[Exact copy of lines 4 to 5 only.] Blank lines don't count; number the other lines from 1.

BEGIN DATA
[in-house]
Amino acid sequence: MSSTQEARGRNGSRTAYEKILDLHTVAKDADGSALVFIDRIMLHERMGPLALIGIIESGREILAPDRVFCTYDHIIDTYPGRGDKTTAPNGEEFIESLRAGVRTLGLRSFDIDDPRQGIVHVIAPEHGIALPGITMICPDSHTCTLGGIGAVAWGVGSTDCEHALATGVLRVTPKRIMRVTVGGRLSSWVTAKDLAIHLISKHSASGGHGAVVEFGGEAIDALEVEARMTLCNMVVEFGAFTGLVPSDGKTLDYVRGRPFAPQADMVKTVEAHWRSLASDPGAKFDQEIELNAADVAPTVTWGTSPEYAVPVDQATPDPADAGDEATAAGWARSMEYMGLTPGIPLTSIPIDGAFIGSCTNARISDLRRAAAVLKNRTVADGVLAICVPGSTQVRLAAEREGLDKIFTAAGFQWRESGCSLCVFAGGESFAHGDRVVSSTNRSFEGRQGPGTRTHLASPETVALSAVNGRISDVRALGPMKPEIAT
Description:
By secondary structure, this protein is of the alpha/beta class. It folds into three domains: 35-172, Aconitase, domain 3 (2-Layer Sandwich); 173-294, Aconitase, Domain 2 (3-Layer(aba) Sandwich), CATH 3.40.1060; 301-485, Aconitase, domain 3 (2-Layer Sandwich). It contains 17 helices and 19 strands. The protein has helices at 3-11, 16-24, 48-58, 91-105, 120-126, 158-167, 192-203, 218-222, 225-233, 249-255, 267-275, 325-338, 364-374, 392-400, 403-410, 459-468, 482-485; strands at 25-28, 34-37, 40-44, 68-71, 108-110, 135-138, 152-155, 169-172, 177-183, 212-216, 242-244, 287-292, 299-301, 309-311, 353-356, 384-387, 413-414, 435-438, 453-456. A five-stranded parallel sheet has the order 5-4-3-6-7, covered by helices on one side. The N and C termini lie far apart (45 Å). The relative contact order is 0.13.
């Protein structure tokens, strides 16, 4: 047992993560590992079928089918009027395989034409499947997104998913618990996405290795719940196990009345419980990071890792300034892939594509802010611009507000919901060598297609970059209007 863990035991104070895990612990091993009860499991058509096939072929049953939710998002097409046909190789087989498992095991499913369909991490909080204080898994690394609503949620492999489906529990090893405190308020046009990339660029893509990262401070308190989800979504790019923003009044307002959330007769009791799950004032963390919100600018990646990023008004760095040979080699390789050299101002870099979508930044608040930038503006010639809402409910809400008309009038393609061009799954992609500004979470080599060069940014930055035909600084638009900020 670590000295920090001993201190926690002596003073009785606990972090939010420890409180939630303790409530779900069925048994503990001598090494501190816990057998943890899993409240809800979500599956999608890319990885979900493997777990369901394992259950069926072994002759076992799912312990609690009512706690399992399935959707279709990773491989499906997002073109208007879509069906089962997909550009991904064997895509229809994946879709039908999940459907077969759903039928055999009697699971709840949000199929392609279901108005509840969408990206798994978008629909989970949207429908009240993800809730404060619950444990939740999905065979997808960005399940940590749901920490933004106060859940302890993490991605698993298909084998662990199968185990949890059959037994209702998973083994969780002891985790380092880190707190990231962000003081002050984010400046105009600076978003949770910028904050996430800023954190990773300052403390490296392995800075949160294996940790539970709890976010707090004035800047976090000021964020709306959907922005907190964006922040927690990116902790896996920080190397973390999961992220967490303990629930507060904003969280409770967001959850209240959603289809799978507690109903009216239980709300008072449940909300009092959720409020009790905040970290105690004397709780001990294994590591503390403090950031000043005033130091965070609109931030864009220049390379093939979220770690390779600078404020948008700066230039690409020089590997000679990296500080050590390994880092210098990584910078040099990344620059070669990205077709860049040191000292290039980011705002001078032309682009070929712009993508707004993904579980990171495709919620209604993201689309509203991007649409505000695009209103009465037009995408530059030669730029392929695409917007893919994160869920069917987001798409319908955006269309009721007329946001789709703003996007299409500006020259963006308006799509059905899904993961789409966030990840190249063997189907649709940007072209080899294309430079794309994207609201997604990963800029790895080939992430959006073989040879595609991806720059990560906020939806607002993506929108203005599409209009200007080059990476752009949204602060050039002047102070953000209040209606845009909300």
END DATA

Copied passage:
By secondary structure, this protein is of the alpha/beta class. It folds into three domains: 35-172, Aconitase, domain 3 (2-Layer Sandwich); 173-294, Aconitase, Domain 2 (3-Layer(aba) Sandwich), CATH 3.40.1060; 301-485, Aconitase, domain 3 (2-Layer Sandwich). It contains 17 helices and 19 strands. The protein has helices at 3-11, 16-24, 48-58, 91-105, 120-126, 158-167, 192-203, 218-222, 225-233, 249-255, 267-275, 325-338, 364-374, 392-400, 403-410, 459-468, 482-485; strands at 25-28, 34-37, 40-44, 68-71, 108-110, 135-138, 152-155, 169-172, 177-183, 212-216, 242-244, 287-292, 299-301, 309-311, 353-356, 384-387, 413-414, 435-438, 453-456. A five-stranded parallel sheet has the order 5-4-3-6-7, covered by helices on one side. The N and C termini lie far apart (45 Å). The relative contact order is 0.13.
């Protein structure tokens, strides 16, 4: 047992993560590992079928089918009027395989034409499947997104998913618990996405290795719940196990009345419980990071890792300034892939594509802010611009507000919901060598297609970059209007 863990035991104070895990612990091993009860499991058509096939072929049953939710998002097409046909190789087989498992095991499913369909991490909080204080898994690394609503949620492999489906529990090893405190308020046009990339660029893509990262401070308190989800979504790019923003009044307002959330007769009791799950004032963390919100600018990646990023008004760095040979080699390789050299101002870099979508930044608040930038503006010639809402409910809400008309009038393609061009799954992609500004979470080599060069940014930055035909600084638009900020 670590000295920090001993201190926690002596003073009785606990972090939010420890409180939630303790409530779900069925048994503990001598090494501190816990057998943890899993409240809800979500599956999608890319990885979900493997777990369901394992259950069926072994002759076992799912312990609690009512706690399992399935959707279709990773491989499906997002073109208007879509069906089962997909550009991904064997895509229809994946879709039908999940459907077969759903039928055999009697699971709840949000199929392609279901108005509840969408990206798994978008629909989970949207429908009240993800809730404060619950444990939740999905065979997808960005399940940590749901920490933004106060859940302890993490991605698993298909084998662990199968185990949890059959037994209702998973083994969780002891985790380092880190707190990231962000003081002050984010400046105009600076978003949770910028904050996430800023954190990773300052403390490296392995800075949160294996940790539970709890976010707090004035800047976090000021964020709306959907922005907190964006922040927690990116902790896996920080190397973390999961992220967490303990629930507060904003969280409770967001959850209240959603289809799978507690109903009216239980709300008072449940909300009092959720409020009790905040970290105690004397709780001990294994590591503390403090950031000043005033130091965070609109931030864009220049390379093939979220770690390779600078404020948008700066230039690409020089590997000679990296500080050590390994880092210098990584910078040099990344620059070669990205077709860049040191000292290039980011705002001078032309682009070929712009993508707004993904579980990171495709919620209604993201689309509203991007649409505000695009209103009465037009995408530059030669730029392929695409917007893919994160869920069917987001798409319908955006269309009721007329946001789709703003996007299409500006020259963006308006799509059905899904993961789409966030990840190249063997189907649709940007072209080899294309430079794309994207609201997604990963800029790895080939992430959006073989040879595609991806720059990560906020939806607002993506929108203005599409209009200007080059990476752009949204602060050039002047102070953000209040209606845009909300």